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Global Go To Think Tank Index (GGTTI) 2020 launched                    111,75 Think Tanks across the world ranked in different categories.                SDPI is ranked 90th among “Top Think Tanks Worldwide (non-US)”.           SDPI stands 11th among Top Think Tanks in South & South East Asia & the Pacific (excluding India).            SDPI notches 33rd position in “Best New Idea or Paradigm Developed by A Think Tank” category.                SDPI remains 42nd in “Best Quality Assurance and Integrity Policies and Procedure” category.              SDPI stands 49th in “Think Tank to Watch in 2020”.            SDPI gets 52nd position among “Best Independent Think Tanks”.                           SDPI becomes 63rd in “Best Advocacy Campaign” category.                   SDPI secures 60th position in “Best Institutional Collaboration Involving Two or More Think Tanks” category.                       SDPI obtains 64th position in “Best Use of Media (Print & Electronic)” category.               SDPI gains 66th position in “Top Environment Policy Tink Tanks” category.                SDPI achieves 76th position in “Think Tanks With Best External Relations/Public Engagement Program” category.                    SDPI notches 99th position in “Top Social Policy Think Tanks”.            SDPI wins 140th position among “Top Domestic Economic Policy Think Tanks”.               SDPI is placed among special non-ranked category of Think Tanks – “Best Policy and Institutional Response to COVID-19”.                                            Owing to COVID-19 outbreak, SDPI staff is working from home from 9am to 5pm five days a week. All our staff members are available on phone, email and/or any other digital/electronic modes of communication during our usual official hours. You can also find all our work related to COVID-19 in orange entries in our publications section below.    The Sustainable Development Policy Institute (SDPI) is pleased to announce its Twenty-third Sustainable Development Conference (SDC) from 14 – 17 December 2020 in Islamabad, Pakistan. The overarching theme of this year’s Conference is Sustainable Development in the Times of COVID-19. Read more…       FOOD SECIRITY DASHBOARD: On 4th Nov, SDPI has shared the first prototype of Food Security Dashboard with Dr Moeed Yousaf, the Special Assistant to Prime Minister on  National Security and Economic Outreach in the presence of stakeholders, including Ministry of National Food Security and Research. Provincial and district authorities attended the event in person or through zoom. The dashboard will help the government monitor and regulate the supply chain of essential food commodities.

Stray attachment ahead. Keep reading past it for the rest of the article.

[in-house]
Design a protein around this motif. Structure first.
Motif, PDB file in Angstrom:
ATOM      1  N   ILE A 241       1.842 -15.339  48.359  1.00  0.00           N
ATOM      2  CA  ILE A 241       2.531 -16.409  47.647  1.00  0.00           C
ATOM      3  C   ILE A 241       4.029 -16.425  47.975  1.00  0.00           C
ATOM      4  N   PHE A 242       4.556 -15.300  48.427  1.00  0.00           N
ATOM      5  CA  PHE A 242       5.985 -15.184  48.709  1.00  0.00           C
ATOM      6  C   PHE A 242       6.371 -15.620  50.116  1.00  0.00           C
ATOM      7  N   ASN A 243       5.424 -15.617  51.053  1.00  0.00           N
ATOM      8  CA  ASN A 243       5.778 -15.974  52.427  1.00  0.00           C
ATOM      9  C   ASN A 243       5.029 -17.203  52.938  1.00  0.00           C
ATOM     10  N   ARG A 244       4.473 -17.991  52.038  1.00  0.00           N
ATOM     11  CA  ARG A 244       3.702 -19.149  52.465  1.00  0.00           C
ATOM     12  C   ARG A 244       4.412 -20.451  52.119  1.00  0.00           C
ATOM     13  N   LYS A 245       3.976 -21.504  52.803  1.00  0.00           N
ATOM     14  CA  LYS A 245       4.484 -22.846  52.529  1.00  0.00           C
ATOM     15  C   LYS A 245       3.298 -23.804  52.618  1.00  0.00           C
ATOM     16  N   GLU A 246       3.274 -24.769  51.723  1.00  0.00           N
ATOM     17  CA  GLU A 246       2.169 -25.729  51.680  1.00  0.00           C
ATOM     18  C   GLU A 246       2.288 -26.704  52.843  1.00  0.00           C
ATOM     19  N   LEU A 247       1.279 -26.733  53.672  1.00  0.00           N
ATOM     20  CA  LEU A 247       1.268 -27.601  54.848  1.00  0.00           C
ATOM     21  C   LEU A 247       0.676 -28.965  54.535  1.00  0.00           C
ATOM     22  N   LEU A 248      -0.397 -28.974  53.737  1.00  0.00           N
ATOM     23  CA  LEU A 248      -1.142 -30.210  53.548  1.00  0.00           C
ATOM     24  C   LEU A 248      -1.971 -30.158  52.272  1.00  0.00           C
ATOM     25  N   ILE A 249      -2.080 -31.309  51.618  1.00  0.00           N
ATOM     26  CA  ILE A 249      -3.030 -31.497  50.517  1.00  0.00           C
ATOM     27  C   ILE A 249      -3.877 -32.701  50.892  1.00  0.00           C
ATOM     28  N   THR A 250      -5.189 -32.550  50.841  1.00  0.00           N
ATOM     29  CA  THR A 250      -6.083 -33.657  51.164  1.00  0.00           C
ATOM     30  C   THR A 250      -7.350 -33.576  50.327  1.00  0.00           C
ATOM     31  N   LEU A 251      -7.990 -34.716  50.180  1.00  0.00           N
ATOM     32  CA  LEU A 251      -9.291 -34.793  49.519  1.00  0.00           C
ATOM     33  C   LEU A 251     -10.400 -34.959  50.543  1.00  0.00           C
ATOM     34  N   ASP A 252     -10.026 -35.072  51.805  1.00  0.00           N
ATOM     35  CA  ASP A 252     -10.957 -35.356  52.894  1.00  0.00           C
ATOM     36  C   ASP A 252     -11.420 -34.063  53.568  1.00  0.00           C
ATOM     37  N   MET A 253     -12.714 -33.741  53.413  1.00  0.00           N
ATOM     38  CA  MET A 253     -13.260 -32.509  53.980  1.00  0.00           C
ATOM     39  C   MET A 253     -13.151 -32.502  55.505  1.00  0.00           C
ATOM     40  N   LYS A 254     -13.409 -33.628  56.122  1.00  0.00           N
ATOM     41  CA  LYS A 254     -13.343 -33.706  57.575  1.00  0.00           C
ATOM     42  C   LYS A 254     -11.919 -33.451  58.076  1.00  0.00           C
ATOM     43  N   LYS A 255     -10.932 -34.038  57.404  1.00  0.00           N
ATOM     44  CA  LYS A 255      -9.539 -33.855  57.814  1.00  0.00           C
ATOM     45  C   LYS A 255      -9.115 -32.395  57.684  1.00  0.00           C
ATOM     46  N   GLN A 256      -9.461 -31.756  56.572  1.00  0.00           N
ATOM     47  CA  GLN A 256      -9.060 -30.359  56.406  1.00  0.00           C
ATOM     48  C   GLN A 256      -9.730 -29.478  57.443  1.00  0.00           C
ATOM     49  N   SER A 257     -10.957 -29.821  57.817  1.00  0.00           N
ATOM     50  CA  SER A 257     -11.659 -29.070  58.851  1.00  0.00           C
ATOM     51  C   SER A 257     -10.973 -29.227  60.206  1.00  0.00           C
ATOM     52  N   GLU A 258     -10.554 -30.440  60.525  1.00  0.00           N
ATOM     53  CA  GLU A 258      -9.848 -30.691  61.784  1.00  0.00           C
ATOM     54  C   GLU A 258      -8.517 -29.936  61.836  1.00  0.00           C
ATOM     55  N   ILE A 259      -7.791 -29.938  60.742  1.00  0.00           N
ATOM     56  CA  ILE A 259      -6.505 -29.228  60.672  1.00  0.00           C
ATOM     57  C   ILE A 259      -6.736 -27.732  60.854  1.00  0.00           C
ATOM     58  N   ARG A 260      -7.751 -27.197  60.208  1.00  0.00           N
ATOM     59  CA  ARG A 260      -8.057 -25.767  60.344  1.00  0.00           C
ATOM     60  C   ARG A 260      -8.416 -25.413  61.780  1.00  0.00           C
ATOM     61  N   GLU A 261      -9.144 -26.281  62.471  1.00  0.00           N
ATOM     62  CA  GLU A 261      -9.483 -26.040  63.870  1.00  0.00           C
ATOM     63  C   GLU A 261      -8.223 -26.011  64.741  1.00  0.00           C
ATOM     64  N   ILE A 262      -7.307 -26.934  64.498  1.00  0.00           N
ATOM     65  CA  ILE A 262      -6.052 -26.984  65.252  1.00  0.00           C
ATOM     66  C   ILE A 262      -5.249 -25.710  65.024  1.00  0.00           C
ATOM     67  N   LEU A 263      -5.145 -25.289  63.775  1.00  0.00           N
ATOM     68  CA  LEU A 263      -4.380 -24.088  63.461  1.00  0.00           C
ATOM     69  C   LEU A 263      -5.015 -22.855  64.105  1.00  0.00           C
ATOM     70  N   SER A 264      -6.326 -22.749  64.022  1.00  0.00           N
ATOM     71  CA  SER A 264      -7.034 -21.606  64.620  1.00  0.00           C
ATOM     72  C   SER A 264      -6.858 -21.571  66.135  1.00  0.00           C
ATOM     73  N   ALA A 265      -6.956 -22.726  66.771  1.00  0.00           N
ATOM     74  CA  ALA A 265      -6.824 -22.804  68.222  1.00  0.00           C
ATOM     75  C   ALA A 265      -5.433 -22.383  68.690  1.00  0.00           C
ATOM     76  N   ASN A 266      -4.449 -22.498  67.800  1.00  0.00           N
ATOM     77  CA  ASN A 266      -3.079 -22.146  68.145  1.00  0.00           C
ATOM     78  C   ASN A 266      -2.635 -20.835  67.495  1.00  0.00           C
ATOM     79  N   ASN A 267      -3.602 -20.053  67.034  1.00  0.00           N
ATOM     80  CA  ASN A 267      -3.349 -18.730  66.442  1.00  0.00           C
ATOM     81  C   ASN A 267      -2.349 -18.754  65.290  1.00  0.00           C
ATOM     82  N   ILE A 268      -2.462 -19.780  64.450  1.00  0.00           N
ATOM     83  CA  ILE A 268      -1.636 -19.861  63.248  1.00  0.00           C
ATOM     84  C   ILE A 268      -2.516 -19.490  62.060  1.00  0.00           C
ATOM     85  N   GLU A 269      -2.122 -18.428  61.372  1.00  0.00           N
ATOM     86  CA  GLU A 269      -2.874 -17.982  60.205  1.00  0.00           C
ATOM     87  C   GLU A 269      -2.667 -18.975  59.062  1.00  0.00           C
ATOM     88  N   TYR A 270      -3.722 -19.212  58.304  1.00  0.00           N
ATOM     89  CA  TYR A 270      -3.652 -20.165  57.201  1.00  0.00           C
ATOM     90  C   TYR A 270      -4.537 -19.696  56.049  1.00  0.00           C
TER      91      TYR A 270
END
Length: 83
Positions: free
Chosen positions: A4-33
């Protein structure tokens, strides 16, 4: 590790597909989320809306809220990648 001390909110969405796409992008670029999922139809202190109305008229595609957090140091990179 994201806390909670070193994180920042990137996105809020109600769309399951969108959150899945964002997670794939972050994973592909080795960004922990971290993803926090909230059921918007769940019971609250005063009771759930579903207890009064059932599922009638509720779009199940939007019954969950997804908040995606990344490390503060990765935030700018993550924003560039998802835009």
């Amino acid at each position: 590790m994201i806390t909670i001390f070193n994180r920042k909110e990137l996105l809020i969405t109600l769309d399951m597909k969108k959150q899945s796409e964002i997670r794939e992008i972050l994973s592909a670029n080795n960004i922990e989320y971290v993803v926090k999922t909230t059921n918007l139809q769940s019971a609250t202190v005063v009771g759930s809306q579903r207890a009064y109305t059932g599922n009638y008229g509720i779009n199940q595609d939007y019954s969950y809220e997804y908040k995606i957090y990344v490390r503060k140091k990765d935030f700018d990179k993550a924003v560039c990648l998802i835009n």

Daily Times

Published Date: Oct 19, 2015

Pakistan among top ten most vulnerable countries to climatic change

ISLAMABAD – Environmental experts on Monday said that Pakistan was among top ten most vulnerable countries to climatic change where weather patterns were making major environmental impacts.
Climatic and environmental experts said that situation might further deteriorate in the coming years if a national plan was not designed to cope with the situation. Asif Shuja – a former head of the Pakistan Environmental Protection Agency – said due to massive deforestation and rapid urbanisation temperature in Islamabad and other cities had started to regularly cross 44 degrees in summer.
He said that there was a need to take satellite images of the federal capital to gauge the most heat emitting areas. “Once the major heat emitting areas are detected, it will help take preventive measures to control rising temperatures of the city. The same pattern may be applied to other parts of the country to get the exact calculations,” he added.
Sustainable Development Policy Institute (SDPI) Environmentalist Dr Fahad Saeed said the environment was under rapid changes since last many decades. He said that loss of agricultural revenue and additional costs for managing water resources, disease and other health risks was subjected to economic activity.
Another SDPI expert Kashif Salik said chlorofluorocarbons (CFCs) were the greenhouse gases responsible for damaging the ozone layer, which is responsible for climatic variations in the world. “Massive deforestation is also another cause of rising temperature and climatic variations in the country,” he added.